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Innocent? Naive? Who are you kidding?

Publication Date : 06-01-2014

 

It’s not quite so in this era, as the dizzying pace of technological advancement means the ones who have to struggle to understand the world are those who grew up unfamiliar with YouTube, Google or LINE. Whereas today's kids go about in a world driven by "applications" with relative ease, adults are like rabbits in the headlights. Look who has to be babysat in tech stores.

Problem is, it's not just the tech stores. This has become a planet where children "know first" in many cases.

Adults may "take the hot bath before the children do", as an old Thai saying goes, but it’s the latter who are more exposed to fresh historical, scientific and archaeological discoveries as well as musical or cultural inventions. They say new waves often catch up with the old ones, but what if new waves are starting off way ahead to begin with?

The best we can do is teach them to ride the bicycle. If you want to buy the coolest devices, consult the rascals.

Children's Day used to be a celebration of an important step that the older generations had taken before them, yet that sense of compassionate superiority among adults barely holds nowadays. Of course, the old still want the young to go all the way and accomplish what they cannot, but what hurts is the latter’s fast-increasing degree of independence.

Younger generations are growing up watching TV series in which the villains can no longer be smelled from miles away.

To today's adults "The world is grey" is an ideological comfort, a phase that is usually said but not quite believed. But today's children are born into a "grey" world, and they will teach us with absolute certainty that it's a mistake to see things as black and white.

The real comfort for today's adults is that human beings are supposed to be smarter or think differently with every passing generation. The adults themselves are part of generations that buried the witch-hunt, eliminated slavery and stopped believing that the world was flat.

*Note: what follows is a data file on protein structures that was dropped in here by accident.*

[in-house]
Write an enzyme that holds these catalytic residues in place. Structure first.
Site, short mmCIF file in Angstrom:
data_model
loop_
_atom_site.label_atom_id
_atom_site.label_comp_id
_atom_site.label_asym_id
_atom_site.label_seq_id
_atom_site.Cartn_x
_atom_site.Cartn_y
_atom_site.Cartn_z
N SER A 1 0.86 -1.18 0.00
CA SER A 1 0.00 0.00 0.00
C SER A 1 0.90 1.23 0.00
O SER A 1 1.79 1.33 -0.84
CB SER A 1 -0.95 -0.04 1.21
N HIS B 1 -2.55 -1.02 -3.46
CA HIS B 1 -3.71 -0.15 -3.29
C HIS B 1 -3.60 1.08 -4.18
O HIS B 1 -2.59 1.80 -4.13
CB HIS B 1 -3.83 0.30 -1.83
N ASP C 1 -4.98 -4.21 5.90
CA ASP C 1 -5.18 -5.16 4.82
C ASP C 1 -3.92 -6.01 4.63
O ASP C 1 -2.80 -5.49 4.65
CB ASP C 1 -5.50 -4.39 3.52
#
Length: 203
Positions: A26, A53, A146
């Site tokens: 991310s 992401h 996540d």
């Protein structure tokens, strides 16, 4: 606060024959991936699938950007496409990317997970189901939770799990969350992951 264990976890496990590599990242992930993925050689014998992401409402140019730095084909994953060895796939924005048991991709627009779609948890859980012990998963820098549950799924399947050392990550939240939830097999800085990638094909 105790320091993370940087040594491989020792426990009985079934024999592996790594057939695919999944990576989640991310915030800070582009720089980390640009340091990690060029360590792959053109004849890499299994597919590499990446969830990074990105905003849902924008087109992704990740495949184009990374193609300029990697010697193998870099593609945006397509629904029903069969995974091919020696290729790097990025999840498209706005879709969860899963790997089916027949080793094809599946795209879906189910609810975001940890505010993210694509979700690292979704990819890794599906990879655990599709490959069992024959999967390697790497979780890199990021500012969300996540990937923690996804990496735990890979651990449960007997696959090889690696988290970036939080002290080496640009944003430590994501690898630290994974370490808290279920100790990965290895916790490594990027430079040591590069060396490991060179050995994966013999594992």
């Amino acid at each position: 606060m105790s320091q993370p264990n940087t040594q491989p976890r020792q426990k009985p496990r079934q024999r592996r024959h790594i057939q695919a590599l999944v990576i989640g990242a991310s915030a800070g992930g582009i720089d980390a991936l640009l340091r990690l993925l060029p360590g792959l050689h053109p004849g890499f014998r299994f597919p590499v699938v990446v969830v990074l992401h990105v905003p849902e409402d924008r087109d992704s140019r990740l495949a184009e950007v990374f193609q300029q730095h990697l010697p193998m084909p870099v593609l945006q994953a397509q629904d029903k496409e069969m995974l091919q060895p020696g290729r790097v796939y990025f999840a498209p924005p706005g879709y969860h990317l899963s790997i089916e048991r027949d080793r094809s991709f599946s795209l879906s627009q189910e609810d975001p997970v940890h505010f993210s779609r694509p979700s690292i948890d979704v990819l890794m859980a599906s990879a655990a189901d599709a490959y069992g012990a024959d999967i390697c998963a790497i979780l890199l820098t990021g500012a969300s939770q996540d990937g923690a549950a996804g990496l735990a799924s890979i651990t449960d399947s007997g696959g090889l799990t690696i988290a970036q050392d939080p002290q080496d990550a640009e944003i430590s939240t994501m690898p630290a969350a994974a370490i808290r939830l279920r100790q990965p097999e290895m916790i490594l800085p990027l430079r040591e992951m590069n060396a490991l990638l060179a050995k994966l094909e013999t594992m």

Evolution just seems to be getting a lot faster these days.

So, who are naive, actually? Is it the children, who are learning the possibility of multiple universes - or their parents, who are still using money to value success? Who knows more about good and bad? And remember, some youngsters were taught - are still being taught - that killing "God's enemies" will take them to heaven.

Educators, everyone agrees, play the most important role. But as we know, children absorb everything from everyone.

Experiences, therefore, are still valuable, although it's a lot safer to give them to the kids with a disclaimer.

Perhaps we can go with

something like, "This is how my generation would do it" or "This is what my generation believed."

Forget arranging Government House tours and putting tanks and jet fighters on show.

The ultimate question is: What should we teach the young?

Maybe the bicycle advice is not such a bad concept, philosophically speaking: Keep your eyes open, maintain balance and never stop going forward.

Life is the view upfront and on the roadsides, they should be told, and each rider will enjoy the ride for themselves, which is, more likely than not, something even the teacher never experienced before.

 

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